Fair Housing Month Update #2: Fair Housing includes Protections for Group Homes for People with Disabilities

Photograph of a man and a woman with Down Syndrome playing with a dogBy Guest Blogger Bryan Greene, General Deputy Assistant Secretary, Office of Fair Housing and Equal Opportunity, U.S. Department of Housing and Urban Development

At the Department of Housing and Urban Development (HUD), we recognize that group homes often provide people with disabilities important opportunities to live in mainstream community settings.  That’s why we are committed to keeping neighborhoods open to group homes for people with disabilities, in accordance with the Fair Housing Act.

Earlier this month, we announced a $90,000 settlement reached with the seller of a house in Worcester, Massachusetts, the real estate brokerage firm Coldwell Banker, and the law firm Bowditch & Dewey LLP, resolving allegations that they violated the Fair Housing Act’s prohibition against discriminating against people with disabilities.

In this case, a prospective buyer alleged that the seller recorded a restrictive covenant after learning that the buyer intended to rent the property to a nonprofit organization that provides supportive housing for people with disabilities.  The seller, who was the executor of the owner’s estate and lived next door to the property, was an attorney with Bowditch & Dewey LLP.  He allegedly enlisted a fellow attorney from his law firm to record a restrictive covenant that prohibited the use of the property for a group home.  His real estate agent, an independent contractor for Coldwell Banker, allegedly conveyed the restrictive covenant to the buyer’s real estate agent.  The buyer said this caused him to withdraw from the sale.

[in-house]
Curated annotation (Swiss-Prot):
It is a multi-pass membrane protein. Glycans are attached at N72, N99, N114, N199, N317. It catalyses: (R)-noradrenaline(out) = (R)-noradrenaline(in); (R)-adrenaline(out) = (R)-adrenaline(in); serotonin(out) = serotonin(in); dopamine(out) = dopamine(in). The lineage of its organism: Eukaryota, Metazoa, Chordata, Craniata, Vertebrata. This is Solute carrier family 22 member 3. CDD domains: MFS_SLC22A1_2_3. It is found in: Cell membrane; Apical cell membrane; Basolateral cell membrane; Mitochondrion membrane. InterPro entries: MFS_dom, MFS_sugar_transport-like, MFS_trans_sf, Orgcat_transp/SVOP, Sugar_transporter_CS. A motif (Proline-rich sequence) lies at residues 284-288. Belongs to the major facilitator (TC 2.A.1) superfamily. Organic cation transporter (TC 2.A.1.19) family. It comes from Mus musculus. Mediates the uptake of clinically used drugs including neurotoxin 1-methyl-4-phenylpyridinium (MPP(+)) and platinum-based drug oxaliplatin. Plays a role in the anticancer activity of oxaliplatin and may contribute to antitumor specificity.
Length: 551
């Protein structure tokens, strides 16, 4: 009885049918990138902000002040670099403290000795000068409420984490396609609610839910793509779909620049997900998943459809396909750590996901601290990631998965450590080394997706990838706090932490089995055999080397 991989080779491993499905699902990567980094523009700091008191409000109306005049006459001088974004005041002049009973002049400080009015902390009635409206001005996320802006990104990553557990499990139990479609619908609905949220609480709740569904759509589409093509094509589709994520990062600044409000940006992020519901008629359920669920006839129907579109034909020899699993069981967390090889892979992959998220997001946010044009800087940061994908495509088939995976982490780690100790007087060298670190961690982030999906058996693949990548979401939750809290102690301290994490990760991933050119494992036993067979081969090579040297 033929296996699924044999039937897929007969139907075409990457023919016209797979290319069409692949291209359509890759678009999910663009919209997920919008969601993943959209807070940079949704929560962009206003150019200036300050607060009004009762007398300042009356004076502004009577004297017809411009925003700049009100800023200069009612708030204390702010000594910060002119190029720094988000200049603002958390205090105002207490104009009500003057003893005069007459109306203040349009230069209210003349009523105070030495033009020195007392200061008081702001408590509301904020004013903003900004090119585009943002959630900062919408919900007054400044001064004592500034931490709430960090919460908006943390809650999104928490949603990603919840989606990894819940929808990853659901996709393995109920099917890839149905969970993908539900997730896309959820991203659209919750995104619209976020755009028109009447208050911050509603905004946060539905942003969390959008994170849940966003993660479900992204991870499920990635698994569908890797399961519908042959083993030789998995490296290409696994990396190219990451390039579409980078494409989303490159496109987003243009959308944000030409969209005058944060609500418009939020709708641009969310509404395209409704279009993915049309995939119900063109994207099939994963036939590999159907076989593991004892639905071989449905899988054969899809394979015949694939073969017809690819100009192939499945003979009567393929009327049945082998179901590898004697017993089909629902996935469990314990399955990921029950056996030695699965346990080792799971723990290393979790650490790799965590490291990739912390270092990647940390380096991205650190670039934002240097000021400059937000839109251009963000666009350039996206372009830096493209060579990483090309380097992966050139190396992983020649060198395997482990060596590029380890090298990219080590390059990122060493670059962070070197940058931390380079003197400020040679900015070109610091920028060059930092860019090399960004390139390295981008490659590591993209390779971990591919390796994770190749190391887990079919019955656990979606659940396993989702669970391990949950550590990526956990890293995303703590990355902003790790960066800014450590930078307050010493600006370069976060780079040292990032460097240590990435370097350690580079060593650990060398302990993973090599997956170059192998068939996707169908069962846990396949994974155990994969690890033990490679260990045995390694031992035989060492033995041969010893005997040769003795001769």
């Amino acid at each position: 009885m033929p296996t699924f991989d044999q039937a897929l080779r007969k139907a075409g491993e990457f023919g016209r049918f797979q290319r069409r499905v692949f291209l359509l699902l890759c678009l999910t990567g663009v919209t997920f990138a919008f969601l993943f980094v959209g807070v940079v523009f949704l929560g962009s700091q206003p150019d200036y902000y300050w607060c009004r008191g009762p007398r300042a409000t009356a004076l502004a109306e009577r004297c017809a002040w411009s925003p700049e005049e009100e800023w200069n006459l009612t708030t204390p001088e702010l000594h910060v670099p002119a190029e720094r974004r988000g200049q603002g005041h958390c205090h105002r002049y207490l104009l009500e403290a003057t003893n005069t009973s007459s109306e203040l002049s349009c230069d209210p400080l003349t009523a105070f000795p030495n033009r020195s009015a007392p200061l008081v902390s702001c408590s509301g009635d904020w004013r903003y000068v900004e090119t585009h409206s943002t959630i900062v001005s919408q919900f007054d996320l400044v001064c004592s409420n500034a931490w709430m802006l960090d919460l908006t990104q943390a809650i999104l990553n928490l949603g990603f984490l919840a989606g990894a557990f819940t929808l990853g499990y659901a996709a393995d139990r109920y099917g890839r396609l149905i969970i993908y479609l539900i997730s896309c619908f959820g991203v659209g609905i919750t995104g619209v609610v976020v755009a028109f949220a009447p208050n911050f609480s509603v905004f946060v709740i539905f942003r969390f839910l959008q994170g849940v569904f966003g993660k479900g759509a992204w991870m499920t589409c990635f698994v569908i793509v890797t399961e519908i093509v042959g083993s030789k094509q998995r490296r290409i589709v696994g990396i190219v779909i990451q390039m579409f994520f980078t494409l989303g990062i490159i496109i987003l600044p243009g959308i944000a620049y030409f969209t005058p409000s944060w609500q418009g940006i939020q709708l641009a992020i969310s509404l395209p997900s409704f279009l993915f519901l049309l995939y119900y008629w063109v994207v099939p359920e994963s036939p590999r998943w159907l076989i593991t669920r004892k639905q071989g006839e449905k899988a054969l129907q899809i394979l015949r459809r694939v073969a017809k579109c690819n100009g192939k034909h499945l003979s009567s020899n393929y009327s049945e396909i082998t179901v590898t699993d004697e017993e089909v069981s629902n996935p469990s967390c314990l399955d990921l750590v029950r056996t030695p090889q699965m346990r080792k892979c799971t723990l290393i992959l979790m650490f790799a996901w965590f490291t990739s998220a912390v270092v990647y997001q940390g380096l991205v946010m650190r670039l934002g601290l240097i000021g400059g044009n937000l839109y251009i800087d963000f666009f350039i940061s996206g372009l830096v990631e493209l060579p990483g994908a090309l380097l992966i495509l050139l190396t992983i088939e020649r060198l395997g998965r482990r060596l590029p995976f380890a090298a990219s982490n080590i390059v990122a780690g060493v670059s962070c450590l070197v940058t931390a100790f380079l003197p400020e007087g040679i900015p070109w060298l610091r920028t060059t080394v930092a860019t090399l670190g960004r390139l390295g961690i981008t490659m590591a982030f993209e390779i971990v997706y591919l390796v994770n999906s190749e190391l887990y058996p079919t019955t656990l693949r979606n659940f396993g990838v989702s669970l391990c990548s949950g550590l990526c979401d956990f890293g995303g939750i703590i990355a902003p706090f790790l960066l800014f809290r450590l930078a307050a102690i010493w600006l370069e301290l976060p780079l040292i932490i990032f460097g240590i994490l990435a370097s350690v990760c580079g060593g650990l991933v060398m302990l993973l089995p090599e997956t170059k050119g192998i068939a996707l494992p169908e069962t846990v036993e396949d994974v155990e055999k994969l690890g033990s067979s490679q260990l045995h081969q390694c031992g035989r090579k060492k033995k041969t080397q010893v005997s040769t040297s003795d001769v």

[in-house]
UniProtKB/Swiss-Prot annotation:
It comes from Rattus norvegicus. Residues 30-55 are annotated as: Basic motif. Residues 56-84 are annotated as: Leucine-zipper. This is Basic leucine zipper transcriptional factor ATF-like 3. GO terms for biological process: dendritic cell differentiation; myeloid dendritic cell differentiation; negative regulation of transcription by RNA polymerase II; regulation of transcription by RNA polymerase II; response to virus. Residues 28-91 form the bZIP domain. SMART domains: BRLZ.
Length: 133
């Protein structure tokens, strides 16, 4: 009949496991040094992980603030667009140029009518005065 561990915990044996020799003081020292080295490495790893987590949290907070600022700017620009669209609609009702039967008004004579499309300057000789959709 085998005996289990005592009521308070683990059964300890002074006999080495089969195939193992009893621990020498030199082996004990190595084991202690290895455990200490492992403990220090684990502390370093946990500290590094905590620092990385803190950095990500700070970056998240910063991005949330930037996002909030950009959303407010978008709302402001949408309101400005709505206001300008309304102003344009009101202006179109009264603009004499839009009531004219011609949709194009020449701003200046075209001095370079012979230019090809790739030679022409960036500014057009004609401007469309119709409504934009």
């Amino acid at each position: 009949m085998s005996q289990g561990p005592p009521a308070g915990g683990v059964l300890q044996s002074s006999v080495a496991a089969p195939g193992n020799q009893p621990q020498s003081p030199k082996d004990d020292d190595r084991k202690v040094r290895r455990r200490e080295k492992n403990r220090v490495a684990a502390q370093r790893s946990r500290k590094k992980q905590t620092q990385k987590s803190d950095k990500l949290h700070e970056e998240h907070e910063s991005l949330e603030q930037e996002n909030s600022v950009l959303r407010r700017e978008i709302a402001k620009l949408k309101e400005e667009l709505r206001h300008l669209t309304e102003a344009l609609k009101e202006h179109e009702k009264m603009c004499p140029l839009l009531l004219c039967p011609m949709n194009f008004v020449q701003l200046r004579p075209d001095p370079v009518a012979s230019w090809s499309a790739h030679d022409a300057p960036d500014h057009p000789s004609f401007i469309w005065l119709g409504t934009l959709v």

The Fair Housing Act prohibits discrimination on the basis of disability in the sale of a home and in other housing-related transactions.

We are pleased to have obtained a settlement that includes $78,000 for the buyer and $12,000 for the buyer’s real estate agent.  The settlement also includes provisions to further the public interest.  Bowditch & Dewey will perform 200 hours of pro bono legal work related to the promotion of fair housing rights and disability rights.  Both Coldwell Banker and Bowditch & Dewey will have employees and agents receive fair housing training.

April is Fair Housing Month, when we try to raise awareness about discrimination in housing.  If you have experienced or witnessed housing discrimination, we encourage you to report it by calling your local HUD office or filing a complaint online.  Please visit http://portal.hud.gov/hudportal/HUD?src=/topics/housing_discrimination for more information.

Bryan Greene is the General Deputy Assistant Secretary for Fair Housing and Equal Opportunity at the U.S. Department of Housing and Urban Development. In this position, he is charged with overseeing the policy direction and operational management of this 600-person office. Under his leadership, HUD has pursued large-scale high-profile cases that address systemic discrimination and provide widespread relief. Mr. Greene has devoted his professional career to fighting housing discrimination and promoting diverse, inclusive communities.

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